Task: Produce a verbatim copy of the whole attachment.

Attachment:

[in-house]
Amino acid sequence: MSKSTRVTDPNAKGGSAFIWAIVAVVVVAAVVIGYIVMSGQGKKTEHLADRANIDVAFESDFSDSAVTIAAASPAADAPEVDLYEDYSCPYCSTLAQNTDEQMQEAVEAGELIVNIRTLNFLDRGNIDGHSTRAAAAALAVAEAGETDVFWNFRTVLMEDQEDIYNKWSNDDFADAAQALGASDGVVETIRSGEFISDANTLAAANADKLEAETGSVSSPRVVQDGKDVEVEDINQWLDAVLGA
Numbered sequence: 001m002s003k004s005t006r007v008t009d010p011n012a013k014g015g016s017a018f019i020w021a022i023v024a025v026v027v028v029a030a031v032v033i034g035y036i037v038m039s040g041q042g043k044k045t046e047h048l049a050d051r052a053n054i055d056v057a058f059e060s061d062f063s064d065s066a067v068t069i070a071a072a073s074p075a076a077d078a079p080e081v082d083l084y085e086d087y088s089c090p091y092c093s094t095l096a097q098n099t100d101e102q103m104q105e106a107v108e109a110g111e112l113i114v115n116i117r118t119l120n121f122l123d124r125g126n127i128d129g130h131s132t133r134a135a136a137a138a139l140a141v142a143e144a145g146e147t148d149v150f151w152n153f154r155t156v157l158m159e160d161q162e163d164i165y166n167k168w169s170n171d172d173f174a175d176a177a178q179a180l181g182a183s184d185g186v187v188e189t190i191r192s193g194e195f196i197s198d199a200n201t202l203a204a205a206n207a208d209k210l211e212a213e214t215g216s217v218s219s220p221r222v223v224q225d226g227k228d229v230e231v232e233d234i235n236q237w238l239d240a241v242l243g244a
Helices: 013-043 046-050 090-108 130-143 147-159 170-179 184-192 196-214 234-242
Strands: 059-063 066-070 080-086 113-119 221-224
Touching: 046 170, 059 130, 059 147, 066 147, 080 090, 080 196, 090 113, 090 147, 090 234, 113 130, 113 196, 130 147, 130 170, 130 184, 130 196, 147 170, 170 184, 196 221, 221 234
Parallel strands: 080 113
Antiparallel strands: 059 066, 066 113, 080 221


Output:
[in-house]
Amino acid sequence: MSKSTRVTDPNAKGGSAFIWAIVAVVVVAAVVIGYIVMSGQGKKTEHLADRANIDVAFESDFSDSAVTIAAASPAADAPEVDLYEDYSCPYCSTLAQNTDEQMQEAVEAGELIVNIRTLNFLDRGNIDGHSTRAAAAALAVAEAGETDVFWNFRTVLMEDQEDIYNKWSNDDFADAAQALGASDGVVETIRSGEFISDANTLAAANADKLEAETGSVSSPRVVQDGKDVEVEDINQWLDAVLGA
Numbered sequence: 001m002s003k004s005t006r007v008t009d010p011n012a013k014g015g016s017a018f019i020w021a022i023v024a025v026v027v028v029a030a031v032v033i034g035y036i037v038m039s040g041q042g043k044k045t046e047h048l049a050d051r052a053n054i055d056v057a058f059e060s061d062f063s064d065s066a067v068t069i070a071a072a073s074p075a076a077d078a079p080e081v082d083l084y085e086d087y088s089c090p091y092c093s094t095l096a097q098n099t100d101e102q103m104q105e106a107v108e109a110g111e112l113i114v115n116i117r118t119l120n121f122l123d124r125g126n127i128d129g130h131s132t133r134a135a136a137a138a139l140a141v142a143e144a145g146e147t148d149v150f151w152n153f154r155t156v157l158m159e160d161q162e163d164i165y166n167k168w169s170n171d172d173f174a175d176a177a178q179a180l181g182a183s184d185g186v187v188e189t190i191r192s193g194e195f196i197s198d199a200n201t202l203a204a205a206n207a208d209k210l211e212a213e214t215g216s217v218s219s220p221r222v223v224q225d226g227k228d229v230e231v232e233d234i235n236q237w238l239d240a241v242l243g244a
Helices: 013-043 046-050 090-108 130-143 147-159 170-179 184-192 196-214 234-242
Strands: 059-063 066-070 080-086 113-119 221-224
Touching: 046 170, 059 130, 059 147, 066 147, 080 090, 080 196, 090 113, 090 147, 090 234, 113 130, 113 196, 130 147, 130 170, 130 184, 130 196, 147 170, 170 184, 196 221, 221 234
Parallel strands: 080 113
Antiparallel strands: 059 066, 066 113, 080 221